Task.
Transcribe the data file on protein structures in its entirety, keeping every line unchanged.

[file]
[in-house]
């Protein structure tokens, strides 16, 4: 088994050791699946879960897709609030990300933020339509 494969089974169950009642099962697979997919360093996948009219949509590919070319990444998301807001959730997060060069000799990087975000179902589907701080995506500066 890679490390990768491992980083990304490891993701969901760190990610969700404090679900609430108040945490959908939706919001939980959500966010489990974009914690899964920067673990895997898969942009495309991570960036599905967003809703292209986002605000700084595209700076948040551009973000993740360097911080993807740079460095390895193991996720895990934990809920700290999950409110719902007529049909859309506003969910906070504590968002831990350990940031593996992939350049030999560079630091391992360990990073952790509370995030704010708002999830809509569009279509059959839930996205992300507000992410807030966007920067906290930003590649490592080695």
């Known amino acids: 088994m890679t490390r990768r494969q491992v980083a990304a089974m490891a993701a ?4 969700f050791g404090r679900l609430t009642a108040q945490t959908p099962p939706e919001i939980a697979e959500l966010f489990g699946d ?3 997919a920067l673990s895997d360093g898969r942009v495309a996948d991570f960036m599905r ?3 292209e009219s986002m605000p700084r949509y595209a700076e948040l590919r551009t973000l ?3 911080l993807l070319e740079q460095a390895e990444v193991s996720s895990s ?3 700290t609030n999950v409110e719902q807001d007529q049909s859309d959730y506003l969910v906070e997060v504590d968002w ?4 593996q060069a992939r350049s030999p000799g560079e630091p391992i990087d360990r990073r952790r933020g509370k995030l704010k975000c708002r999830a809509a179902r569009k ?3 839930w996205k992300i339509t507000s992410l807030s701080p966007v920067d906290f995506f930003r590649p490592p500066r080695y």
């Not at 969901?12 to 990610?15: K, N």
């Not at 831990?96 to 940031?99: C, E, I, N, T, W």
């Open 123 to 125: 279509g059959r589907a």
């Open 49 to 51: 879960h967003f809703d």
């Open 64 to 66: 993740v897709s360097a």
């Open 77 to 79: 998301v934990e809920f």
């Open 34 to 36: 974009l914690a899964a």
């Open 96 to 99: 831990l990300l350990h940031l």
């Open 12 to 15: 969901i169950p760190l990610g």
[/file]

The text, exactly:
[in-house]
């Protein structure tokens, strides 16, 4: 088994050791699946879960897709609030990300933020339509 494969089974169950009642099962697979997919360093996948009219949509590919070319990444998301807001959730997060060069000799990087975000179902589907701080995506500066 890679490390990768491992980083990304490891993701969901760190990610969700404090679900609430108040945490959908939706919001939980959500966010489990974009914690899964920067673990895997898969942009495309991570960036599905967003809703292209986002605000700084595209700076948040551009973000993740360097911080993807740079460095390895193991996720895990934990809920700290999950409110719902007529049909859309506003969910906070504590968002831990350990940031593996992939350049030999560079630091391992360990990073952790509370995030704010708002999830809509569009279509059959839930996205992300507000992410807030966007920067906290930003590649490592080695």
């Known amino acids: 088994m890679t490390r990768r494969q491992v980083a990304a089974m490891a993701a ?4 969700f050791g404090r679900l609430t009642a108040q945490t959908p099962p939706e919001i939980a697979e959500l966010f489990g699946d ?3 997919a920067l673990s895997d360093g898969r942009v495309a996948d991570f960036m599905r ?3 292209e009219s986002m605000p700084r949509y595209a700076e948040l590919r551009t973000l ?3 911080l993807l070319e740079q460095a390895e990444v193991s996720s895990s ?3 700290t609030n999950v409110e719902q807001d007529q049909s859309d959730y506003l969910v906070e997060v504590d968002w ?4 593996q060069a992939r350049s030999p000799g560079e630091p391992i990087d360990r990073r952790r933020g509370k995030l704010k975000c708002r999830a809509a179902r569009k ?3 839930w996205k992300i339509t507000s992410l807030s701080p966007v920067d906290f995506f930003r590649p490592p500066r080695y």
């Not at 969901?12 to 990610?15: K, N």
């Not at 831990?96 to 940031?99: C, E, I, N, T, W």
């Open 123 to 125: 279509g059959r589907a």
């Open 49 to 51: 879960h967003f809703d």
């Open 64 to 66: 993740v897709s360097a």
């Open 77 to 79: 998301v934990e809920f």
């Open 34 to 36: 974009l914690a899964a």
């Open 96 to 99: 831990l990300l350990h940031l």
């Open 12 to 15: 969901i169950p760190l990610g």